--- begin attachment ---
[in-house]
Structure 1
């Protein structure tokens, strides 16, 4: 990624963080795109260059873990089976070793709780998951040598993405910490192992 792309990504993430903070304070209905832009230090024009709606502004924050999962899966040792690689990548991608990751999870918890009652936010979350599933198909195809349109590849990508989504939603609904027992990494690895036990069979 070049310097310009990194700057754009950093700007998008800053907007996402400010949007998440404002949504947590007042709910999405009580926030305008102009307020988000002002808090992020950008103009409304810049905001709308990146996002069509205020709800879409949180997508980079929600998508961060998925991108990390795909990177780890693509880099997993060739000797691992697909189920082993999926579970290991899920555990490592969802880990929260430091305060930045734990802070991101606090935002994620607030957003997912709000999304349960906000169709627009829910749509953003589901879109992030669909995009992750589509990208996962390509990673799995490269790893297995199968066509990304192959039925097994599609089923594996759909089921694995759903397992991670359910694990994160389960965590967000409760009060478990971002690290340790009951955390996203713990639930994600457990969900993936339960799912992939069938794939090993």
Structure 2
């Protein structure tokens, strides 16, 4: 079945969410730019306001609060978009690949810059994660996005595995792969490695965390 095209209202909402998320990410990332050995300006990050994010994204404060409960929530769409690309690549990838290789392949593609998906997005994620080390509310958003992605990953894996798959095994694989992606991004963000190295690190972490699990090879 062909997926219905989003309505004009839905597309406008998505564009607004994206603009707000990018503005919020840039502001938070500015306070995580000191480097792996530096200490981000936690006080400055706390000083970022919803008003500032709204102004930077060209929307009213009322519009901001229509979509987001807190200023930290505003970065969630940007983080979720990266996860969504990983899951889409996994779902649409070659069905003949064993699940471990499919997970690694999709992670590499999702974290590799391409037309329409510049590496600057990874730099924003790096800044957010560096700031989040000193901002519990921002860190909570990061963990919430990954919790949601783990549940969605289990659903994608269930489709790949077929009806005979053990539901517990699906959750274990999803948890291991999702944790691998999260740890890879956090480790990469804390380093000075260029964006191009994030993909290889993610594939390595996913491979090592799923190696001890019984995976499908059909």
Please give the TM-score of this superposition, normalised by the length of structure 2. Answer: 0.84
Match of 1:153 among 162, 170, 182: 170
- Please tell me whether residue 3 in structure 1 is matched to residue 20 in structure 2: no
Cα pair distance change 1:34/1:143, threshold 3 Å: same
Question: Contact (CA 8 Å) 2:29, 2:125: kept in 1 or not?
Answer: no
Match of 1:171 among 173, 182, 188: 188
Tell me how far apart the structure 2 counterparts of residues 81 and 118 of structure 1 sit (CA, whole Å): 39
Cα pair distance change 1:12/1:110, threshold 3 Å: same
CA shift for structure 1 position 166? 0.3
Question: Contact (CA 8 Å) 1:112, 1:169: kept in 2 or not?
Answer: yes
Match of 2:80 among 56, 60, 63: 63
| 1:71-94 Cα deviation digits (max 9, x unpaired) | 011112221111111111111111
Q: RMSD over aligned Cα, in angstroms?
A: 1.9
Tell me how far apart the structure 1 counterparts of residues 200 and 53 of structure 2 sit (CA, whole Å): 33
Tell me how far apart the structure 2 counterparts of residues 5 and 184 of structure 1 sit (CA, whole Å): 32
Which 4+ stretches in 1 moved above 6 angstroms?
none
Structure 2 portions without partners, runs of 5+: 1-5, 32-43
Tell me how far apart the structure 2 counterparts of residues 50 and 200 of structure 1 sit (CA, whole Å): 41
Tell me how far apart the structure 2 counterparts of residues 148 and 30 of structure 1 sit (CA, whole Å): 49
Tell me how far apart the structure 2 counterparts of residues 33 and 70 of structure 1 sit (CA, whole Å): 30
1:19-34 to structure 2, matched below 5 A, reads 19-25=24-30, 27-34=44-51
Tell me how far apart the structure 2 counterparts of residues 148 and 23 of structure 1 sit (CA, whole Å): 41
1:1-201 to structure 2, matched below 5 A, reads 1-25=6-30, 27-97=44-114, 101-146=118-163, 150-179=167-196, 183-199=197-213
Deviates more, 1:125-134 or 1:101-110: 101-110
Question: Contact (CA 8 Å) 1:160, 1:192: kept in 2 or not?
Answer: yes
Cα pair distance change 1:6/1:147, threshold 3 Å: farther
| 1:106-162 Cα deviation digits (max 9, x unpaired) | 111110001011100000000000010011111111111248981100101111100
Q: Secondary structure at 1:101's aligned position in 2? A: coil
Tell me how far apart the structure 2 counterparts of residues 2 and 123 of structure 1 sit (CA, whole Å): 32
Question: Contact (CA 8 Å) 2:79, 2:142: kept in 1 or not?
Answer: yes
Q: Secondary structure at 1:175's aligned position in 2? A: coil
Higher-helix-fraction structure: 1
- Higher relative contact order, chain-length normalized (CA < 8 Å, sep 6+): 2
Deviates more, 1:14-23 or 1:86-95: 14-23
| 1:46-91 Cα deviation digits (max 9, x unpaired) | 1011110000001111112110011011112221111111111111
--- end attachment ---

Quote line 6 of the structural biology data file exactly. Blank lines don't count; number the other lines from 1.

Please give the TM-score of this superposition, normalised by the length of structure 2. Answer: 0.84